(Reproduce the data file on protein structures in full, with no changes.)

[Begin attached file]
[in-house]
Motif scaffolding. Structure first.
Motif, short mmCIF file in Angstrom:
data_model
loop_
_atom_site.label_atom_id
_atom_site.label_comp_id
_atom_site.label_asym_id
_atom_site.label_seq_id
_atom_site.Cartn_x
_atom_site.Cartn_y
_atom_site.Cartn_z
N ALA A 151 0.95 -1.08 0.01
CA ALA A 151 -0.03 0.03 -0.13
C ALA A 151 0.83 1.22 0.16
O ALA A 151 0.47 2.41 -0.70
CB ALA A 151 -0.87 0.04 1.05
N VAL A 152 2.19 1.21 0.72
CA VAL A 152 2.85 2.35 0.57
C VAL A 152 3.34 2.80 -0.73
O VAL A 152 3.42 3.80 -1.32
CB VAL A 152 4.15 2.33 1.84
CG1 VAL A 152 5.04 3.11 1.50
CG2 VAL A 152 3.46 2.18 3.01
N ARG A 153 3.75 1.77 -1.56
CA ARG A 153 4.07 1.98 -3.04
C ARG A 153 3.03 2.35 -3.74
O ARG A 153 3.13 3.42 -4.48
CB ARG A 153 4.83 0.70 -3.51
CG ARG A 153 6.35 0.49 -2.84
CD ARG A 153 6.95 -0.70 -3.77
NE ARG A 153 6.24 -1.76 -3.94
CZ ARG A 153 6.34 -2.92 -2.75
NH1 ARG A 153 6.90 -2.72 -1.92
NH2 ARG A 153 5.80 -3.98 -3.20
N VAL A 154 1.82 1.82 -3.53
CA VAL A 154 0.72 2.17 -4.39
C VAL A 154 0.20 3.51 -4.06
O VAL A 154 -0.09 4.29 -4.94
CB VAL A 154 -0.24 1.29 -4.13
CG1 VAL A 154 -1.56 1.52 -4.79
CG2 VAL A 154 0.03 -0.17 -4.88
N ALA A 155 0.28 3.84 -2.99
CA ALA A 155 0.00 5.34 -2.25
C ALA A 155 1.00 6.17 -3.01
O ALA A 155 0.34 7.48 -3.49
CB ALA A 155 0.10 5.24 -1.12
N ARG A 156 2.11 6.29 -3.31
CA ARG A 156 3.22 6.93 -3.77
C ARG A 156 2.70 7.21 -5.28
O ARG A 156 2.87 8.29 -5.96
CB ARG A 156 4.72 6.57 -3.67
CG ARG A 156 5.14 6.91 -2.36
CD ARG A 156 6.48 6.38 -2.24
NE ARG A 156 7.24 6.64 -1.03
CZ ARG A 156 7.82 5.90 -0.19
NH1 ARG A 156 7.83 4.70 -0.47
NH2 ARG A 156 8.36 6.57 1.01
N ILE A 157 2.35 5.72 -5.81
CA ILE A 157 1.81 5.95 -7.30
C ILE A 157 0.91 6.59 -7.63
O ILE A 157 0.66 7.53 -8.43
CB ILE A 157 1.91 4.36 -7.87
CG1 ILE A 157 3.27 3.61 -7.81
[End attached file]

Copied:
[in-house]
Motif scaffolding. Structure first.
Motif, short mmCIF file in Angstrom:
data_model
loop_
_atom_site.label_atom_id
_atom_site.label_comp_id
_atom_site.label_asym_id
_atom_site.label_seq_id
_atom_site.Cartn_x
_atom_site.Cartn_y
_atom_site.Cartn_z
N ALA A 151 0.95 -1.08 0.01
CA ALA A 151 -0.03 0.03 -0.13
C ALA A 151 0.83 1.22 0.16
O ALA A 151 0.47 2.41 -0.70
CB ALA A 151 -0.87 0.04 1.05
N VAL A 152 2.19 1.21 0.72
CA VAL A 152 2.85 2.35 0.57
C VAL A 152 3.34 2.80 -0.73
O VAL A 152 3.42 3.80 -1.32
CB VAL A 152 4.15 2.33 1.84
CG1 VAL A 152 5.04 3.11 1.50
CG2 VAL A 152 3.46 2.18 3.01
N ARG A 153 3.75 1.77 -1.56
CA ARG A 153 4.07 1.98 -3.04
C ARG A 153 3.03 2.35 -3.74
O ARG A 153 3.13 3.42 -4.48
CB ARG A 153 4.83 0.70 -3.51
CG ARG A 153 6.35 0.49 -2.84
CD ARG A 153 6.95 -0.70 -3.77
NE ARG A 153 6.24 -1.76 -3.94
CZ ARG A 153 6.34 -2.92 -2.75
NH1 ARG A 153 6.90 -2.72 -1.92
NH2 ARG A 153 5.80 -3.98 -3.20
N VAL A 154 1.82 1.82 -3.53
CA VAL A 154 0.72 2.17 -4.39
C VAL A 154 0.20 3.51 -4.06
O VAL A 154 -0.09 4.29 -4.94
CB VAL A 154 -0.24 1.29 -4.13
CG1 VAL A 154 -1.56 1.52 -4.79
CG2 VAL A 154 0.03 -0.17 -4.88
N ALA A 155 0.28 3.84 -2.99
CA ALA A 155 0.00 5.34 -2.25
C ALA A 155 1.00 6.17 -3.01
O ALA A 155 0.34 7.48 -3.49
CB ALA A 155 0.10 5.24 -1.12
N ARG A 156 2.11 6.29 -3.31
CA ARG A 156 3.22 6.93 -3.77
C ARG A 156 2.70 7.21 -5.28
O ARG A 156 2.87 8.29 -5.96
CB ARG A 156 4.72 6.57 -3.67
CG ARG A 156 5.14 6.91 -2.36
CD ARG A 156 6.48 6.38 -2.24
NE ARG A 156 7.24 6.64 -1.03
CZ ARG A 156 7.82 5.90 -0.19
NH1 ARG A 156 7.83 4.70 -0.47
NH2 ARG A 156 8.36 6.57 1.01
N ILE A 157 2.35 5.72 -5.81
CA ILE A 157 1.81 5.95 -7.30
C ILE A 157 0.91 6.59 -7.63
O ILE A 157 0.66 7.53 -8.43
CB ILE A 157 1.91 4.36 -7.87
CG1 ILE A 157 3.27 3.61 -7.81